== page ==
In early 2020, when news first came of a pandemic sweeping out of China, my wife’s first thought was to not worry about taking precautions and to get it over with.
“Everyone is going to get it eventually” she said, “so we might as well do it soon.”
That was before the first wave hit Germany. When a neighbor being rushed to hospital and a friend from church in their early fifties died, we got cautious quickly. And managed to avoid getting sick.
Still, with each variant it seemed a matter of time. Vaccination eased the impact, but not whether you would be infected.
More and more, it seemed people I knew were getting COVID-19. There seemed no logic. One spouse would contract it, the other not. People couldn’t figure out where they might have been exposed. The ulta-cautious managed to pick yup the virus, the less cautious somethimes went uninfected.
With high vaccination rates the impact was lessened, even as case numbers rose. People were still dying, but not as many. Hospitals weren’t being overwhelmed.
On the last day of June, I joined the club. I tested positive.. I had been careful, but still managed to pick it up somewhere. The most likely location was a wedding I had attended the previous weekend. Or maybe my daughter brought it home from school.
Whichever, my COVID experience was atypical. So different from most that I am not qualified to talk about the experience of having the virus.
I took a home test because my wife insisted – I had no symptoms (well, nasal drip – but that is not uncommon for me in the morning), but she had a hunch. We had been traveling after all – who knew what we had been exposed to. I was shocked at the positive result.
I had been beginning to wonder if I had some sort of natural immunity. I had been exposed to the bug on several occasions, spending time isolating after such incidents, just in case. Now I wonder if indeed I had caught it before, maybe in that first wave when we lived in Germany, and just not had any symptoms.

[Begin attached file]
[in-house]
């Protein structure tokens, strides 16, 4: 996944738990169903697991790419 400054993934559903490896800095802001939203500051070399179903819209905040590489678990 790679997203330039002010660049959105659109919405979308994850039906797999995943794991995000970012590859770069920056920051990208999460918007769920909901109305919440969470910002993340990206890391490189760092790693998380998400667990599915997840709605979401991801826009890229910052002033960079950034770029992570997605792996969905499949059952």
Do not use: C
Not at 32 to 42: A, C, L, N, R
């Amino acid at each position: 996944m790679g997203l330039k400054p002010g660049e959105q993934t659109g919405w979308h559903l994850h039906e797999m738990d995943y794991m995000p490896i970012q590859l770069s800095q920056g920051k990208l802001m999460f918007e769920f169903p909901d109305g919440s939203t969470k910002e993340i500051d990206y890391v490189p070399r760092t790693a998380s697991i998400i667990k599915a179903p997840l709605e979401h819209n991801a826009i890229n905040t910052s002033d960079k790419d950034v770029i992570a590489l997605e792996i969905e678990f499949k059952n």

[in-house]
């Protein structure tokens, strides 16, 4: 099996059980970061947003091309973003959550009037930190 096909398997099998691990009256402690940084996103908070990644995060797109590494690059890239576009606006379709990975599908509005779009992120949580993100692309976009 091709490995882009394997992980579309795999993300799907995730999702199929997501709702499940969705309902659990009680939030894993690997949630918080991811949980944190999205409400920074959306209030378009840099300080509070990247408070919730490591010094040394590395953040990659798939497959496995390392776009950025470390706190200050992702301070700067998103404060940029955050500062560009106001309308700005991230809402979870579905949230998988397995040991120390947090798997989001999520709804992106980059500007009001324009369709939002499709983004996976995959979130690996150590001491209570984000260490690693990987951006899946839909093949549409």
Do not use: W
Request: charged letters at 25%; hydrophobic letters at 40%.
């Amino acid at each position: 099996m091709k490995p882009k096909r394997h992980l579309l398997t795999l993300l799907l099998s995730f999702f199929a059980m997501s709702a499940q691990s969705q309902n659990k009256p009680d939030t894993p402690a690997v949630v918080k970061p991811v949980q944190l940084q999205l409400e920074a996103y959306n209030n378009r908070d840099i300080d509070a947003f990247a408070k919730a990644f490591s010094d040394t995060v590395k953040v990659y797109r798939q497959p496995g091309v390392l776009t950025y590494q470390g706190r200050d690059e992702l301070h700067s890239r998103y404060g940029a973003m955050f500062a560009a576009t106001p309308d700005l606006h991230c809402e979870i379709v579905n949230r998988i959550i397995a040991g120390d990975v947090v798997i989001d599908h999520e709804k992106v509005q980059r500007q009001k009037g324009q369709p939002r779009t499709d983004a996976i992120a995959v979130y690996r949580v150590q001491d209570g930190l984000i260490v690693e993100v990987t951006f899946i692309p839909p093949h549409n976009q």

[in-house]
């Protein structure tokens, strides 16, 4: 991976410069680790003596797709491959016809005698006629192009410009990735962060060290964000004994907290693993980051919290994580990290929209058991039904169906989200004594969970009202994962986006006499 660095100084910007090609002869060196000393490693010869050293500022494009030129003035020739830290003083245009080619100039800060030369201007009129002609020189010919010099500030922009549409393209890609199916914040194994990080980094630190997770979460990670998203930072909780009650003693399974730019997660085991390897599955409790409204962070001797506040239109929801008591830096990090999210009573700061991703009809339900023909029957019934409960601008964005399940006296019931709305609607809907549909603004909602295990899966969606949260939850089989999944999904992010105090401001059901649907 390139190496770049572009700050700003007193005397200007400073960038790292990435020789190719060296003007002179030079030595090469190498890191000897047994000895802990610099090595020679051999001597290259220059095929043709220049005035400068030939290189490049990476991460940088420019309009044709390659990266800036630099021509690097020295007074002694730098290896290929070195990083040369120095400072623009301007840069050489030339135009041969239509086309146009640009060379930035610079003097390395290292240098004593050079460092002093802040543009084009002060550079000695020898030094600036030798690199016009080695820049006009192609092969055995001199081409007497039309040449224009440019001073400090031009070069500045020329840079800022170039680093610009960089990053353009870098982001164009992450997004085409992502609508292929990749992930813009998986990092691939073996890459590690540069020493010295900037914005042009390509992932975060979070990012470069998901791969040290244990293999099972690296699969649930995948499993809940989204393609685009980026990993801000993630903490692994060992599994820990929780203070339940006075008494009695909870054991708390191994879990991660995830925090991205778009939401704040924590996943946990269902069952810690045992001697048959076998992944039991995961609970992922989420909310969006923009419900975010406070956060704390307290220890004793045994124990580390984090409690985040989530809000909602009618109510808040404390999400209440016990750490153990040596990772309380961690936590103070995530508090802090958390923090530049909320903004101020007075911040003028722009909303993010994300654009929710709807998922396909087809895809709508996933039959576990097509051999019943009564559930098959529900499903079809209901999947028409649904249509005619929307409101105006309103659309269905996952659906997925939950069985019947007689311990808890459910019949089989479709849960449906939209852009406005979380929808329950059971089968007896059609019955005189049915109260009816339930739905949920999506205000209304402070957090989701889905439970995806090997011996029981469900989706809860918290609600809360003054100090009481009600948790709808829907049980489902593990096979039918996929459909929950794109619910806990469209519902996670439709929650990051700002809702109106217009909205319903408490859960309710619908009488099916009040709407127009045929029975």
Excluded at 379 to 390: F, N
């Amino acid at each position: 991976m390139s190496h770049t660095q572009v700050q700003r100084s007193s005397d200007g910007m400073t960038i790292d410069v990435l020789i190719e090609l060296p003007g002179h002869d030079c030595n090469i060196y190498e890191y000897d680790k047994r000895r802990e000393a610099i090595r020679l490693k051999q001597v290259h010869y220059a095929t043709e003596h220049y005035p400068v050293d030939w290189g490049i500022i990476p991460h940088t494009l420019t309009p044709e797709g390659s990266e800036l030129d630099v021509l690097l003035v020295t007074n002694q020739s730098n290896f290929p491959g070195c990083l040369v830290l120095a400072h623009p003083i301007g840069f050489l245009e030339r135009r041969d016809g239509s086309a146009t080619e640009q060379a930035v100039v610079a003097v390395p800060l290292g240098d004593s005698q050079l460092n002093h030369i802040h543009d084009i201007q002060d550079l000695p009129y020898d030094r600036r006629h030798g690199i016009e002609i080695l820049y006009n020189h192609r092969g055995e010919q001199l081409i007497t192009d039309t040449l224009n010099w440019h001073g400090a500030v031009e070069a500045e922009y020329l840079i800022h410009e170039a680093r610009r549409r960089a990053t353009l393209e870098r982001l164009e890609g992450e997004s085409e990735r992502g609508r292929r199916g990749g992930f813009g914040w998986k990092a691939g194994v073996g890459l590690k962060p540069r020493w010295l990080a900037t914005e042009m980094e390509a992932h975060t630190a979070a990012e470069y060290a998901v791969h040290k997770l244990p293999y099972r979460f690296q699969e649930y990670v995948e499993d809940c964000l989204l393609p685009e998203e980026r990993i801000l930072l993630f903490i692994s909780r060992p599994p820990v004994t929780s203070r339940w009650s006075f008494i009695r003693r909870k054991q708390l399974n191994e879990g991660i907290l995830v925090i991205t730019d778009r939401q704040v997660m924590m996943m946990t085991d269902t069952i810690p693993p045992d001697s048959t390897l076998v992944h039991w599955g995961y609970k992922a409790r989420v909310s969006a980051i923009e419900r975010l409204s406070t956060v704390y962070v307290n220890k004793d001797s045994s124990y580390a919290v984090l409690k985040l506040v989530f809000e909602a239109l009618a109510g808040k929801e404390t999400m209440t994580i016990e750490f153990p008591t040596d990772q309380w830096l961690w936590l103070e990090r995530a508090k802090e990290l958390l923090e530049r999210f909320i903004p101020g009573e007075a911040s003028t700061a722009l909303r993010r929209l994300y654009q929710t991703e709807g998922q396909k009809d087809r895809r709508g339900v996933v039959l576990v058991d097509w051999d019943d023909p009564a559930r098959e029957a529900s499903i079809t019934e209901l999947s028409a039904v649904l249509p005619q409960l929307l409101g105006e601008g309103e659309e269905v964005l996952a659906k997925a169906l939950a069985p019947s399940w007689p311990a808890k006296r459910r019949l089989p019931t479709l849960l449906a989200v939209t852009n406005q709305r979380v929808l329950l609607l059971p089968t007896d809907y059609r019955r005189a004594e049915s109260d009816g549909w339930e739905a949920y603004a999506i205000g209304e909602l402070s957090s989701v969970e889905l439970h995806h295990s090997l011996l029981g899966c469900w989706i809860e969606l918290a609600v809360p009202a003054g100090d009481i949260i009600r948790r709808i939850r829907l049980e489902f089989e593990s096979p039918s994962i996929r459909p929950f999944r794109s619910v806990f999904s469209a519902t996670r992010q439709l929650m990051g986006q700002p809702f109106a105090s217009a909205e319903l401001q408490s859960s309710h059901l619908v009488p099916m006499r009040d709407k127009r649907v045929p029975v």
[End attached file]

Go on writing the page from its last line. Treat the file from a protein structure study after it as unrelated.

No aches and pains, no loss of taste or smell. Just a feeling of annoyance that my activities were being curtailed by my diagnosis. (I voluntarily stayed away from people, didn’t partake in scheduled activities – even though such precautions weren’t required by health authorities where I was located. I wanted to be reswponsible.)
Supposedly more than half of the population of Canada has already caught the Omicron variant of COVID. For most the symptoms havebeen mild, or even as, in my case, non-existent. And the virus continues to spread.
Two years ago there was a stigma attached to those who contracted COVID. The assumption (spoken or unspoken) was that they had done something wrong, that getting sick was an irresponsible act on their part.
While that still may be true of some people, increasingly it seems the bug is out there and no matter how careful you are, at some point you will catch it. Which doesn’t lessen the need to take precautions, just don’t beat yourself up if indeed you are infected despite youer best efforts.
I suppose if we all were locked down again that would slow the spread. I’m not sure though that people are willing to do that, especially that this version of COVID is relatively less intense and causing fewer deaths.
What about you? Have you had COVID? Have you had it more than once, which seems to frequently be the case these days? Are you still being as cautious as you were in 2020? Are you willing to endure another lockdown if it slows the spread of the virus?
I’m curious. The comments box is open.